It’s “depressing”, “hopeless” and “dismal”
The climate debate is more polarised than ever. David Roberts at Vox is very honest about the challenges believers face to solve the deep partisan political divide. But despite all the grants and funding to solve this problem, the experts miss the obvious. I explain below why polarization will solve itself. Indeed, all their best efforts to reduce polarization in the climate debate are creating the polarization. It takes a sustained effort and millions of dollars to keep a false belief alive.
Now Dunlap and McCright (along with Oklahoma State’s Jerrod Yarosh) have updated their study, giving us a fresh look at public opinion on climate change at the end of the Obama era.
The findings are dismal, if not very surprising: Polarization only accelerated after 2008, the gap between the parties is wider than ever, and the trend shows no sign of stopping.
The League of Conservation Voters (LCV) scores politicians. It tracks the voting records of members of Congress. Way back in 1970 both sides of politics wanted to approve environmental legislation about equally.
Public opinion has a similar trend. Here are Gallup poll results since 1997. (The recent up-spike in Republican “belief” was recorded in March this year and is probably due to the record warmest US winter thanks to the El Nino. I expect that to revert to trend next year.)
Feel the pain as experts hunt in vain to solve the split
The experts and paid up researchers are scratching their heads trying to think of everything to fix this. But they miss the most obvious solution completely:
Hopes for reducing polarization are mostly forlorn
There are three sources of hope for reducing polarization in the short term. Dunlap et. al. shoot them all down.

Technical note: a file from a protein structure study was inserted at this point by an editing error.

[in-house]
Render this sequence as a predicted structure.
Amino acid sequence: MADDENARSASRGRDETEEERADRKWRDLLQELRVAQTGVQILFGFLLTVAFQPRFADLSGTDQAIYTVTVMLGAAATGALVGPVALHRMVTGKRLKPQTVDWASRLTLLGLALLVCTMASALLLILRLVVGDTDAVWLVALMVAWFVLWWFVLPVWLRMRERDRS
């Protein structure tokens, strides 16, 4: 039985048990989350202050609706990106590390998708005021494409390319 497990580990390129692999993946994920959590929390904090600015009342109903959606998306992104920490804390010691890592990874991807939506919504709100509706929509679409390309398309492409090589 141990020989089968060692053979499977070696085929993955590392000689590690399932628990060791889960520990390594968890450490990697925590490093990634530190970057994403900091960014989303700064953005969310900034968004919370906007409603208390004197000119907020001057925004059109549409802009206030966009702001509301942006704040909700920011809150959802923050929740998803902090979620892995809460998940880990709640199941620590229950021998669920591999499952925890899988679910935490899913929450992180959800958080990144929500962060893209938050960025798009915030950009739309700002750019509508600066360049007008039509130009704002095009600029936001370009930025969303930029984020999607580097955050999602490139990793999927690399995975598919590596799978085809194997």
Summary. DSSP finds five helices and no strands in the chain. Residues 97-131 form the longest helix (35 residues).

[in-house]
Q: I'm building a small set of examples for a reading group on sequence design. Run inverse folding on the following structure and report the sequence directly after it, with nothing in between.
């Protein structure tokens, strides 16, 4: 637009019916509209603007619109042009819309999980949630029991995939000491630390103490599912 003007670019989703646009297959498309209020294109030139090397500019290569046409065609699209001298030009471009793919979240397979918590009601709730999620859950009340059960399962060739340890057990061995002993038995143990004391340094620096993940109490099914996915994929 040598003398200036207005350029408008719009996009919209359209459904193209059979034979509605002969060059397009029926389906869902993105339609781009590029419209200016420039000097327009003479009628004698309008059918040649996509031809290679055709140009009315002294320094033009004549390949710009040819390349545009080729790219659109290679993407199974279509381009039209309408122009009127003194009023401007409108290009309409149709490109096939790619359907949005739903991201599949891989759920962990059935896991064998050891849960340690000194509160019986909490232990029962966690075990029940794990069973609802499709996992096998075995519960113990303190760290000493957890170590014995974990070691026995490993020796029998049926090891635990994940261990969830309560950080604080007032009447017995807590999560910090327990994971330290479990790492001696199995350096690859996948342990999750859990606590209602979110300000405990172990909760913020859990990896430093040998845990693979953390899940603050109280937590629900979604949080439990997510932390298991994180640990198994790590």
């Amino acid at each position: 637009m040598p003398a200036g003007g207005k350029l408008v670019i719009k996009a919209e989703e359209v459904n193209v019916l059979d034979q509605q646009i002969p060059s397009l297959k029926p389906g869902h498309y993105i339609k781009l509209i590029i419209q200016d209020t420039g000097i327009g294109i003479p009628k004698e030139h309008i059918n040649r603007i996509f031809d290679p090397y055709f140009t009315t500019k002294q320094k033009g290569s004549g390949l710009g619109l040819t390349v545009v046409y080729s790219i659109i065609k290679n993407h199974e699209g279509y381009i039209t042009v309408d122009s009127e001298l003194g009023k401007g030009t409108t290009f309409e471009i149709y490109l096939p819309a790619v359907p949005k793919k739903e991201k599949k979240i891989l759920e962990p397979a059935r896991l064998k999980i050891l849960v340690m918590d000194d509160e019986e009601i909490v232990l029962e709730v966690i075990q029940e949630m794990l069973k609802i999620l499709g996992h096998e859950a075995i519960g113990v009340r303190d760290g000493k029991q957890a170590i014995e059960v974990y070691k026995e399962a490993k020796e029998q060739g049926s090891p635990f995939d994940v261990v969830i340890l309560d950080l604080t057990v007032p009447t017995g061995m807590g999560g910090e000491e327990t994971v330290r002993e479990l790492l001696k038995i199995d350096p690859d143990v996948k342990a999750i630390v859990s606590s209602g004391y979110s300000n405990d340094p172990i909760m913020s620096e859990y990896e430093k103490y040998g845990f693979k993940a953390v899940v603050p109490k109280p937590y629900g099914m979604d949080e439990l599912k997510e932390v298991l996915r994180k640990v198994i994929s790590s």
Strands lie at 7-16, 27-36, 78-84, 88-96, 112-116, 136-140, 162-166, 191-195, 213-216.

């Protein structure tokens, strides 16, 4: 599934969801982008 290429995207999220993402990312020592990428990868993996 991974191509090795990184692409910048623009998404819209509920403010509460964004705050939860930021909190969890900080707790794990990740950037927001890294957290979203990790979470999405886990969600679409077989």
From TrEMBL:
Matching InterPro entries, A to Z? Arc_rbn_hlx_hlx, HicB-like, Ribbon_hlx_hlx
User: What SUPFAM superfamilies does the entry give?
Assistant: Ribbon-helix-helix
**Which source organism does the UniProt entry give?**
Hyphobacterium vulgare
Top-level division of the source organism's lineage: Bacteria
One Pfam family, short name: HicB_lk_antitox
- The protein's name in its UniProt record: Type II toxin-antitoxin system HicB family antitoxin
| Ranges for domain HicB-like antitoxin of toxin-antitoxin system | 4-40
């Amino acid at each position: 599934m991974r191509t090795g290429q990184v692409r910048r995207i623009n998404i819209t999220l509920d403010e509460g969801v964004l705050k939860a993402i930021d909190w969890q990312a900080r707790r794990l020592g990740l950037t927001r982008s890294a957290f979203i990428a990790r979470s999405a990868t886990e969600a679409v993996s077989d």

The first is education — better informing the public about climate science. The much-derided “information deficit model” has proven a failure in practice. “Two decades of news coverage and educational campaigns since 1997 have produced only modest increases in Americans’ belief in the reality and human cause of climate change, with gains among Democrats often offset by declines among Republicans,” the authors write.
After three decades of propaganda, more propaganda pushes skeptics away. Badgering people with the 97% consensus only reminds them of how pathetically political and unscientific this debate is. Faking it up to a 99% consensus makes it worse. The consensus message only works on those prone to “follow the herd” and those people have all been reached already.
The second is better “framing,” pitching climate to conservatives in terms more likely to appeal to their values — climate as a national security threat, or an economic opportunity, or a threat to God’s covenant. However, dozens of studies have found small or negligible effects from these strategies. “The evidence so far gives little basis for optimism,” they conclude.
Lipstick on a pig. The problem is the pig, not the lipstick.
The third is personal experiences with extreme weather events, which, it is often hoped, will drive home the reality of climate change. But what evidence exists shows that such experiences have little-to-no effect on climate beliefs, especially among committed partisans. People interpret their experiences through their preexisting worldviews. “Again,” Dunlap et. al. write, “the evidence thus far does not provide much support for optimism.”
Extreme weather events have no scientific justification as “proof” of man-made climate change. Believers are stooping to falsely and unscientifically preying on people’s innate tendency to find patterns which are not real. This is about as low as any science communicator can get, but despite scraping this barrel, believers can still not win.